As part of the year-long celebration of the Tube’s 150th birthday, the London Transport Museum’s new exhibition brings together 150 of the finest Underground poster designs.
Selected from the Museum’s collection of over 3,000, the exhibition represents a timeline not only of London’s history, showing the city’s growth and changing mores through posters, but of the fast-paced nature of artistic movements in the 20th century. The influence of Vorticism, Modernism, Abstract Expressionism and more is clear; the Bauhaus graphic designer László Moholy-Nagy contributes two to the exhibition, both of them enthused with the inter-war zeal for all things modern.
The laxity given to early poster artists is also striking. In an era before brand consultants ruled and inviolable diktats for font and logo placement were established, each design is a distinct piece of art in its own right, richly and idiosyncratically detailed with the artist’s signature style.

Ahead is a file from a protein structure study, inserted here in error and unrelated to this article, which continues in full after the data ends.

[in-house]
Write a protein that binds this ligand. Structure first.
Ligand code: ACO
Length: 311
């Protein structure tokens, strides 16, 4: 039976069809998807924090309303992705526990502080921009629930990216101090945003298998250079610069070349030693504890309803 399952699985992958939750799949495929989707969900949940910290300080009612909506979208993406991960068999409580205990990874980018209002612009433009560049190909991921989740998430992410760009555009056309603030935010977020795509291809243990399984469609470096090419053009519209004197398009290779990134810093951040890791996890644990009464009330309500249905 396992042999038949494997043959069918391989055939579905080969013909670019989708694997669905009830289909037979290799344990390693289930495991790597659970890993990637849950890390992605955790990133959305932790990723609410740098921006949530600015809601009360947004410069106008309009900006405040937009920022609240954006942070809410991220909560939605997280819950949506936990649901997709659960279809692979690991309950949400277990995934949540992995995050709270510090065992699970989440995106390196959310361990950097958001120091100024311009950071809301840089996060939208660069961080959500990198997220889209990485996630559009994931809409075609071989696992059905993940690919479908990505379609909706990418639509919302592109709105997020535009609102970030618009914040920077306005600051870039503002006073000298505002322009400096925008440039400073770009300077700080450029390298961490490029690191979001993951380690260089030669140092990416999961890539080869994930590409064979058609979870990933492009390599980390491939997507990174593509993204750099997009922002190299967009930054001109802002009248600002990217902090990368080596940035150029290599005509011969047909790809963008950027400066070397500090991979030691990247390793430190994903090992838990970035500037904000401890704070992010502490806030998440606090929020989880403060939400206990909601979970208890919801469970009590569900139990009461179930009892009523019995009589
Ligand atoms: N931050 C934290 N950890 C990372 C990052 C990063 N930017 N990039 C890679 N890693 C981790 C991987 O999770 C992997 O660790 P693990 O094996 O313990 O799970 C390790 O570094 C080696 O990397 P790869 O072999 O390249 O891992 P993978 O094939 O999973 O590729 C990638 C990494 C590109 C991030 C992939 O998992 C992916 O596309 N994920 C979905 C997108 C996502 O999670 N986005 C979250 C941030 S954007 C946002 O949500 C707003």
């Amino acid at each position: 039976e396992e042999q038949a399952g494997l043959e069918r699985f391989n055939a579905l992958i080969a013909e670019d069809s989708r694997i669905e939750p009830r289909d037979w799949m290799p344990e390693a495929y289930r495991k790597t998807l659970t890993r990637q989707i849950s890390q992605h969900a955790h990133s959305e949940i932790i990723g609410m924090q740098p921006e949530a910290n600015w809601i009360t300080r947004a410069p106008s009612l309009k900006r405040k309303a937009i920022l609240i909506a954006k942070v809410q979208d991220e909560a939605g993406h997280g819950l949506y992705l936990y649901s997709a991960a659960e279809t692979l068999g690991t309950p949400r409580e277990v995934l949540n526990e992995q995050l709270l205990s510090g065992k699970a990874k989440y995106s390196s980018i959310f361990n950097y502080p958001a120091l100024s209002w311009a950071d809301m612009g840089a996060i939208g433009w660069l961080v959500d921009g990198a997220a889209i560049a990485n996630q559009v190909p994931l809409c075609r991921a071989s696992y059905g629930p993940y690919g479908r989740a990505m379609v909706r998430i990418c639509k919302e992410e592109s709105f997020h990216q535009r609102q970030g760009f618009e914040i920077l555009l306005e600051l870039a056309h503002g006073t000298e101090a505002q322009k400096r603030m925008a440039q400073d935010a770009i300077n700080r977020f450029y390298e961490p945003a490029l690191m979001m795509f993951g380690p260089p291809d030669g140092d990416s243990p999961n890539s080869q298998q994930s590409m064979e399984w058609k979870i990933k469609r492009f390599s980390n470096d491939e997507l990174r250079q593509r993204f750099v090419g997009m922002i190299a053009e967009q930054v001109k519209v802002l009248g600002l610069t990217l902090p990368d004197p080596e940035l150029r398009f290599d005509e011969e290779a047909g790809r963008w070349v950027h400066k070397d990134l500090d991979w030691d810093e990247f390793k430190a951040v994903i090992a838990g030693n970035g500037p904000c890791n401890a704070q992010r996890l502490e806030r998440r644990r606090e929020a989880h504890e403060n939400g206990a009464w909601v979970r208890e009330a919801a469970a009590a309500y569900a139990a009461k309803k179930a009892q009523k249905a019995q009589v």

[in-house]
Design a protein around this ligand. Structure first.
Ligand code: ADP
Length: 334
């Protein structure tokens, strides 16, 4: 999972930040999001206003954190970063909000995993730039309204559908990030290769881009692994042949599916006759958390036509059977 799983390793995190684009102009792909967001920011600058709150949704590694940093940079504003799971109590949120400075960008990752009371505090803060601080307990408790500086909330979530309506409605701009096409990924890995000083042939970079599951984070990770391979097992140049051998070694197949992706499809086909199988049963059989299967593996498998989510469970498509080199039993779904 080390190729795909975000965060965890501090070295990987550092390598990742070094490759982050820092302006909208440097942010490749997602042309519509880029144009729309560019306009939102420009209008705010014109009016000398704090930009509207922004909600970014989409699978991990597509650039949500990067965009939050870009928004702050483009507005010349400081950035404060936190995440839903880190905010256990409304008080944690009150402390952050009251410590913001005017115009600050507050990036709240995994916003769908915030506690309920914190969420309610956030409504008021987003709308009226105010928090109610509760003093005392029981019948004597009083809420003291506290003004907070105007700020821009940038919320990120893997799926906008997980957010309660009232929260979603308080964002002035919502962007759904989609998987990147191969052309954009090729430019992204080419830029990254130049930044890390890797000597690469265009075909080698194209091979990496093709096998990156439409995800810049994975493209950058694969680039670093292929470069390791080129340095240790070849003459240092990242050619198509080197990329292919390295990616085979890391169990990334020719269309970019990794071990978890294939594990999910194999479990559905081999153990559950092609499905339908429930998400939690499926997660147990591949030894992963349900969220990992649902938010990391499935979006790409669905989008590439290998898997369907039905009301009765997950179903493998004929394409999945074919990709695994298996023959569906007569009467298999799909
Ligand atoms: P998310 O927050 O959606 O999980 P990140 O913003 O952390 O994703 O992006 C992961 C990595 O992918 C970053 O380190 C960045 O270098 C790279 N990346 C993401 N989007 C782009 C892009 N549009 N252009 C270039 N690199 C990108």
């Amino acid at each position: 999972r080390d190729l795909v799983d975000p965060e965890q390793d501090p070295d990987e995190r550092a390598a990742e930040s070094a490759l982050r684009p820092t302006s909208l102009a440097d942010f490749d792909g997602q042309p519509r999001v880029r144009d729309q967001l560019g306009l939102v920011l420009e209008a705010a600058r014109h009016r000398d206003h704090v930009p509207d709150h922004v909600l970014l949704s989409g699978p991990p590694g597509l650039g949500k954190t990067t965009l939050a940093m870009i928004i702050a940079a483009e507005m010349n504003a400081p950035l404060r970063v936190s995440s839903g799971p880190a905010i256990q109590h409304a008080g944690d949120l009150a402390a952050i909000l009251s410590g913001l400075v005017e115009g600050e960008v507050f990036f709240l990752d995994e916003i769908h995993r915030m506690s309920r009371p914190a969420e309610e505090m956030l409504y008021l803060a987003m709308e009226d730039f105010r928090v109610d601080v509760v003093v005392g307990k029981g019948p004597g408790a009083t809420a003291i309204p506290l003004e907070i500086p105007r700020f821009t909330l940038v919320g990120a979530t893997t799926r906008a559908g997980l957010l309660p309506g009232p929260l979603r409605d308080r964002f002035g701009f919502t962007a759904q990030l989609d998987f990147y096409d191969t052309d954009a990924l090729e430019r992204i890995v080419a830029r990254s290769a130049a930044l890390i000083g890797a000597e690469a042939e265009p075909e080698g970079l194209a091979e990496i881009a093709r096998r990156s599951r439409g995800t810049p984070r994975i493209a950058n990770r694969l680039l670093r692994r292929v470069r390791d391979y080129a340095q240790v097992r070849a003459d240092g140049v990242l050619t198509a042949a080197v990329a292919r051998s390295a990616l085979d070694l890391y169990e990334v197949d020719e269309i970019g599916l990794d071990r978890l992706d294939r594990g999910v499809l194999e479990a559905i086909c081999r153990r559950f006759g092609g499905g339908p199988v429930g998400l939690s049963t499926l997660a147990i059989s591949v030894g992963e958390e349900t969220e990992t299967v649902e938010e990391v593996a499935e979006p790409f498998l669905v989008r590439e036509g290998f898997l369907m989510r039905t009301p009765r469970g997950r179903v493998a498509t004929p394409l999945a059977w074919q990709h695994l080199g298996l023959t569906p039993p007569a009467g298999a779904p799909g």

As the museum’s director, Sam Mullins, noted at the launch event, one of the great things about the Tube is how it has driven London’s development; the great swathes of Metro-land were built only when the railway arrived. It’s fascinating to see how posters were used to ‘sell’ previously unknown parts of the growing capital to leery commuters; one may wonder about the particular joys of Watford, but the Arcadian glory depicted in the poster makes it seem worthy of a visit. Much like this exhibition, in fact.
Poster Art 150 – London Underground’s Greatest Designs is at the London Transport Museum from 15 February until October 2013. A year-long pass to the museum, which allows unlimited entry and includes access to the exhibition, costs £15, and is well worth the money.